Jerry’s: White-Collar Scholar to Blue-Collar Waitress
Creamy carrion, pizza barf, decomposing lemon wedges, and water-logged toast crusts; sounds like the typical garbage can. Would anyone believe that these phrases apply to a run-down restaurant in the middle of Florida? Barbara Ehrenreich goes undercover at a local fast food diner known as Jerry’s to investigate life as a blue-collar laborer, serving to customers arriving in “human waves” (Ehrenreich 180). It is throughout her journey working for both Jerry’s and a factory known as Hearthside that she learns the difficulties faced with minimum wage and severe working conditions, and how the career you pursue and the environment that the career puts you in can change you. Through the usage of emotionally charged language, ethical and logical appeal, and varying sentence structure, Barbara Ehrenreich’s essay “Serving in Florida” reflects upon her hardships faced as a laborer receiving minimum wage in modern day America. Made evident through the use of logic, Ehrenreich establishes her credibility and creates a trustworthy bond between herself and the readers, allowing them to feel the pain she has felt as a blue-collar employee. The logic is, specifically, sensed through the footnotes of the essay. The very fact that she has footnotes establishes a sense of knowledge; a sense that the author clearly knows what she is talking about and wants the readers to know both what she is talking about and that she is a credible source. The footnotes provide other logical tools as well: allusions, historical contexts, even citations are mentioned. In her essay, Ehrenreich claims that Jerry’s insanitation forces the employees “to walk through the kitchen with tiny steps, like Susan McDougal in leg irons” (179). Also in the footnotes, she gives a historical context for the allusion to Susan McDougal, saying that she was “imprisoned for contempt of court, fraud, and conspiracy in connection with the failed Whitewater…” (179). Her extensive background knowledge and logical connection between the suffering of Susan McDougal and the Jerry’s employees clearly depicts the hardships that she is trying to present to the readers as well as proof that her job at Jerry’s and everything that she had been writing about is accurate. Her logic is also proven through pure historical context. For example, when she mentions that all of the girls who “work [her] shift” would conceal each other “if one of [them was] off sneaking a cigarette or pee,” she gives background information on the necessity of this, saying that “until 1998, there was no federally mandated right to bathroom breaks” (189). By giving the reader this context, she is sharing her knowledge of her current situation, and this information can effectively make an author come off as trustworthy and commendable. The basic information the author provides to a reader gives him or her a better grasp of the concepts in this essay that many people today may not understand. Logic effectively proves Ehrenreich’s credibility, but also makes it easier for the reader to understand her purpose for writing and publishing this essay.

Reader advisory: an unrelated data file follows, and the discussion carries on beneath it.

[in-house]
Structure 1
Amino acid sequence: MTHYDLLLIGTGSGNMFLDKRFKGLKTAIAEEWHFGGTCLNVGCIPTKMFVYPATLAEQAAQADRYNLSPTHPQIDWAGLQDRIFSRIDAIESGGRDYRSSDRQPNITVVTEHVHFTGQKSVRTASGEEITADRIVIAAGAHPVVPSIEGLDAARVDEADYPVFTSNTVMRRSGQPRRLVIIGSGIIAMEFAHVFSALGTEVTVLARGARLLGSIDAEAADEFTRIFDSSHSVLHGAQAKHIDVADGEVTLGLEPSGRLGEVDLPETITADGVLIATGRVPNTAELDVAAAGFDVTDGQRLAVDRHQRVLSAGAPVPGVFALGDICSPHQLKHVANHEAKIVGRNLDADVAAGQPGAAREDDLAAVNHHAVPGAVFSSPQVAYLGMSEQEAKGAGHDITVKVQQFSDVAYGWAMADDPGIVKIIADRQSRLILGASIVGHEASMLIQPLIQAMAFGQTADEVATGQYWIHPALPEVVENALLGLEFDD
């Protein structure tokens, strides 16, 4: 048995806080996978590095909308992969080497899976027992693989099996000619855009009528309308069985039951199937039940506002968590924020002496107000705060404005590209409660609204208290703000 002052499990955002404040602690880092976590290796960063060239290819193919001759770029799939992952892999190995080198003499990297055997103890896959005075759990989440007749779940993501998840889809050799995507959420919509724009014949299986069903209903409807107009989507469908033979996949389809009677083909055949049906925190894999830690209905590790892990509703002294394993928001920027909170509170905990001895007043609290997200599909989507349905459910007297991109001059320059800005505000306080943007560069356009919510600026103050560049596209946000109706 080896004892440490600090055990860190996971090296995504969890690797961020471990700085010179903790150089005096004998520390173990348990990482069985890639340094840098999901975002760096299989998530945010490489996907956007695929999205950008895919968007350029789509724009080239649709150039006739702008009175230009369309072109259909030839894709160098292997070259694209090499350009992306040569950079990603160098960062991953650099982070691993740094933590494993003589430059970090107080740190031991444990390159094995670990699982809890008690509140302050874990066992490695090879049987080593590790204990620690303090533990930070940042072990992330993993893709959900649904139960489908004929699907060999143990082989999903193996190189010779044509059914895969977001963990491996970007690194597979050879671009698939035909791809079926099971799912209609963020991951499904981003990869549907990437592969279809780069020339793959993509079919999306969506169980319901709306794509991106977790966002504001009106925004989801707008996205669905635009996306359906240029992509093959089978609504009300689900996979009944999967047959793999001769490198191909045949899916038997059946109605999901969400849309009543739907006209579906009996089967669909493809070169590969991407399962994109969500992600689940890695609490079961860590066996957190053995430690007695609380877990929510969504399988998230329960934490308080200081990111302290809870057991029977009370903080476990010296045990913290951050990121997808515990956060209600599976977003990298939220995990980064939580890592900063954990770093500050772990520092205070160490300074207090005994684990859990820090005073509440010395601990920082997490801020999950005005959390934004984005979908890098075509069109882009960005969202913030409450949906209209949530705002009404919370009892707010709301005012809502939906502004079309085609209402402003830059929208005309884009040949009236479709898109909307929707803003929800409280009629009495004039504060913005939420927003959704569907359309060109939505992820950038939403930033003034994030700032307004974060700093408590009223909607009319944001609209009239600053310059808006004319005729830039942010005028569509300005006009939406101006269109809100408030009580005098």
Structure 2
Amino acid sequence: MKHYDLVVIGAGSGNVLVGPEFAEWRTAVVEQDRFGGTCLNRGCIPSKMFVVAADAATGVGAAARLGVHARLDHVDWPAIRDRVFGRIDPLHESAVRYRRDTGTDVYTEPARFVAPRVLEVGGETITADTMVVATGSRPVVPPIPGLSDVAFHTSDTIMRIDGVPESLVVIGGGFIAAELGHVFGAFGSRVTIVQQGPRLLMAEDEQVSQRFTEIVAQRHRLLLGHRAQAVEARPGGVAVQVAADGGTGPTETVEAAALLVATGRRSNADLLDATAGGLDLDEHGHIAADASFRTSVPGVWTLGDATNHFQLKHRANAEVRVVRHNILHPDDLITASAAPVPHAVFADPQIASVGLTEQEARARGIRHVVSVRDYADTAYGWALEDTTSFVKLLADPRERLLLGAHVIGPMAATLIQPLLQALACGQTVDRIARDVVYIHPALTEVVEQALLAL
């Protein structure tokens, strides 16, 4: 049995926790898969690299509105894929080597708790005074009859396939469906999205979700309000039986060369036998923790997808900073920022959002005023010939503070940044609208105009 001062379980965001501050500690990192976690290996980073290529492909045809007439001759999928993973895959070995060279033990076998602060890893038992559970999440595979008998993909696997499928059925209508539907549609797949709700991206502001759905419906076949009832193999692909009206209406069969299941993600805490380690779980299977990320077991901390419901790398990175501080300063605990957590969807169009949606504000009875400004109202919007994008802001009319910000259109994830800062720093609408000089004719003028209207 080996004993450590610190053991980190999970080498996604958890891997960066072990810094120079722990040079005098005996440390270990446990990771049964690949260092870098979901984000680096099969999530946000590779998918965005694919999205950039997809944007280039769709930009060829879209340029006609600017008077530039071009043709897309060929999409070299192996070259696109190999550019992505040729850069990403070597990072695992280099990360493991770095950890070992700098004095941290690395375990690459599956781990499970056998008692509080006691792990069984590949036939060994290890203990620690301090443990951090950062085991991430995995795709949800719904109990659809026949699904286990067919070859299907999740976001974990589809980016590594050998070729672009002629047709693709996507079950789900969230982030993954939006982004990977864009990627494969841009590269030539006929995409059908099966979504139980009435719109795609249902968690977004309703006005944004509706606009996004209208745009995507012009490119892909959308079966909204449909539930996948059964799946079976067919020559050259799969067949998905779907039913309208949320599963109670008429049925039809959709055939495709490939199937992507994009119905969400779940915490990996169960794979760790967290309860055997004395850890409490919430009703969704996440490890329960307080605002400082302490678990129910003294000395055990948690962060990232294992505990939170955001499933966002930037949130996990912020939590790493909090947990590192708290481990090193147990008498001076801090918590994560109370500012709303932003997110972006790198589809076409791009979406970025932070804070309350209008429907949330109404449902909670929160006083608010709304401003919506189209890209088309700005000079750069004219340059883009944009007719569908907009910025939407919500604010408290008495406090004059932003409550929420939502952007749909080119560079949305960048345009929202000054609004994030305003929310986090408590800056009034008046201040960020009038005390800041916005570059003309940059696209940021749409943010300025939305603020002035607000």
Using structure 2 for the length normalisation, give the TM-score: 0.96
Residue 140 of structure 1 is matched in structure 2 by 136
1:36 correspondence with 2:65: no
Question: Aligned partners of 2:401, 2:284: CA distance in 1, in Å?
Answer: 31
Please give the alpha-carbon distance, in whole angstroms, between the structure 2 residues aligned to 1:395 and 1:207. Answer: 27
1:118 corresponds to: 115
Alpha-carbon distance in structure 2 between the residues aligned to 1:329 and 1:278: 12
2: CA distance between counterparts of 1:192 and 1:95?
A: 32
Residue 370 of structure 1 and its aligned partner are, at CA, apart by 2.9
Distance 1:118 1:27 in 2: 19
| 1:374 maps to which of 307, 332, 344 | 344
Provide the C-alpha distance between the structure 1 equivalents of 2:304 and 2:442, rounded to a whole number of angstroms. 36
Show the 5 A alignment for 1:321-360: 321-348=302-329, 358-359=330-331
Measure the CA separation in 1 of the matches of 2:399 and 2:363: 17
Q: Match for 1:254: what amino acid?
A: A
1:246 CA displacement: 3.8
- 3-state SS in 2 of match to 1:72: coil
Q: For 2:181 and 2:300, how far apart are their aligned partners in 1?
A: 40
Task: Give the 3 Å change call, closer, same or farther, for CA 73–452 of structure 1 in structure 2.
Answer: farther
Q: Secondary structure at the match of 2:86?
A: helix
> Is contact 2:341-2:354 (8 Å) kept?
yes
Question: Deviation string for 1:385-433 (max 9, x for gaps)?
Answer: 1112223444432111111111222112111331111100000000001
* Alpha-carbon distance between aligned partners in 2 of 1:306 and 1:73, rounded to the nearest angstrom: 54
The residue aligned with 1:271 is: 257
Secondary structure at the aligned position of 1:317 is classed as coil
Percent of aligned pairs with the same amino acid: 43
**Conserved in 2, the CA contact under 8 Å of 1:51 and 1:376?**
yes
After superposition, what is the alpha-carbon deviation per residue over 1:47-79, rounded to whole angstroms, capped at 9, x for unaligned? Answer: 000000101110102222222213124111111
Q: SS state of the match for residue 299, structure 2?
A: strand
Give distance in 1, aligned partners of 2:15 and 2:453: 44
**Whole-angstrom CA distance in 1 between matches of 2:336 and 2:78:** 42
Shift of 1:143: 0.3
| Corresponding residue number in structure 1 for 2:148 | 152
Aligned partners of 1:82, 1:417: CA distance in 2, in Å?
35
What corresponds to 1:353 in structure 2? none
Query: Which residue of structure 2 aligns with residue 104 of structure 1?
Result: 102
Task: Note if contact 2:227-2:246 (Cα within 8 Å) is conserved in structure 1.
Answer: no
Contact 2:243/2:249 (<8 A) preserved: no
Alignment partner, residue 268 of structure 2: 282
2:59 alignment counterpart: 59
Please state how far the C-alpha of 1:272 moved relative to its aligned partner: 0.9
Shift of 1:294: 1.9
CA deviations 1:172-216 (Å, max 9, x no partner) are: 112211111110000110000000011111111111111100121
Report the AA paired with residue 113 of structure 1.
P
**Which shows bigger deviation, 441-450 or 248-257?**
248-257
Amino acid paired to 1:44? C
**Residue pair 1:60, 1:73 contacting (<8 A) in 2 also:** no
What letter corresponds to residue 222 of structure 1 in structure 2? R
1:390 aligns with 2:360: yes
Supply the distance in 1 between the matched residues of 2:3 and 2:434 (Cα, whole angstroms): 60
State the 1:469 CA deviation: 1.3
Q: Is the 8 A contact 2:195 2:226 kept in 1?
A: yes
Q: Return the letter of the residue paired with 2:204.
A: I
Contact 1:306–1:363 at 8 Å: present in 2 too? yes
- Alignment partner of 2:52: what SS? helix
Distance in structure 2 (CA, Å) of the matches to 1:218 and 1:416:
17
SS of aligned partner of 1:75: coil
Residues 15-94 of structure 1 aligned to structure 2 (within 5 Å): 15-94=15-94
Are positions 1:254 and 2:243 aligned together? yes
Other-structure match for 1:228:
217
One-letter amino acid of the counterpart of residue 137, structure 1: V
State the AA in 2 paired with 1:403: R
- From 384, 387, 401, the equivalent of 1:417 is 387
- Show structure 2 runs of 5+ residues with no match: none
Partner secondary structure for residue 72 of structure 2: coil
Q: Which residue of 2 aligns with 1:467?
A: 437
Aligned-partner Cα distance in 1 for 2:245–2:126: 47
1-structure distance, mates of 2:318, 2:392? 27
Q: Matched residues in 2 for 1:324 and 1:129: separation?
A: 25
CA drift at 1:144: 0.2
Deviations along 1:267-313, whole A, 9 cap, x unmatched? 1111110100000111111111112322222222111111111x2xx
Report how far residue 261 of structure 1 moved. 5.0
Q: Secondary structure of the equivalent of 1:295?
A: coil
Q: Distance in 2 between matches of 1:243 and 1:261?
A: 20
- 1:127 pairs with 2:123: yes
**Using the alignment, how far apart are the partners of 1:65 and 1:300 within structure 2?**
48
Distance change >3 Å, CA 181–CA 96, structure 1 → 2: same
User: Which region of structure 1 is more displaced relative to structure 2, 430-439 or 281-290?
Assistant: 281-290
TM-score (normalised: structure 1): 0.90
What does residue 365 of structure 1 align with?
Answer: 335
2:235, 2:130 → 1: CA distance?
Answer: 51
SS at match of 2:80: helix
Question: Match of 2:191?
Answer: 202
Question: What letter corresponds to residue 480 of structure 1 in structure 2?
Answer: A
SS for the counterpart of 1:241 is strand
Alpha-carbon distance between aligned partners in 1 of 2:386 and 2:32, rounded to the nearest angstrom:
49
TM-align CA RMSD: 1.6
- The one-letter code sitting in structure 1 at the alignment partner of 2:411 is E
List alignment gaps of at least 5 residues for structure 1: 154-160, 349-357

The progression of crude and foul language shows one of the major hardships Ehrenreich faces: her transition from scholarly writer to poor waitress. She shows her desire to go back to her home, to her old, distant life. She becomes “so homesick for the printed word that [she] obsessively reread[s] the six-page menu” (182) at Jerry’s. Her dramatic measures show that even though she could have easily quit, she tolerates the pain of grueling through so many hours continuously and earning such low pay. What at first felt like something heroic, handling two jobs really took a toll on her. When she first started, she claimed to feel “powerfully vindicated –a survivor…” and used words such as “beautiful” and “heroic” (180) to describe the beginning of her short lived job at the factory known as Hearthside. But, directly in the...
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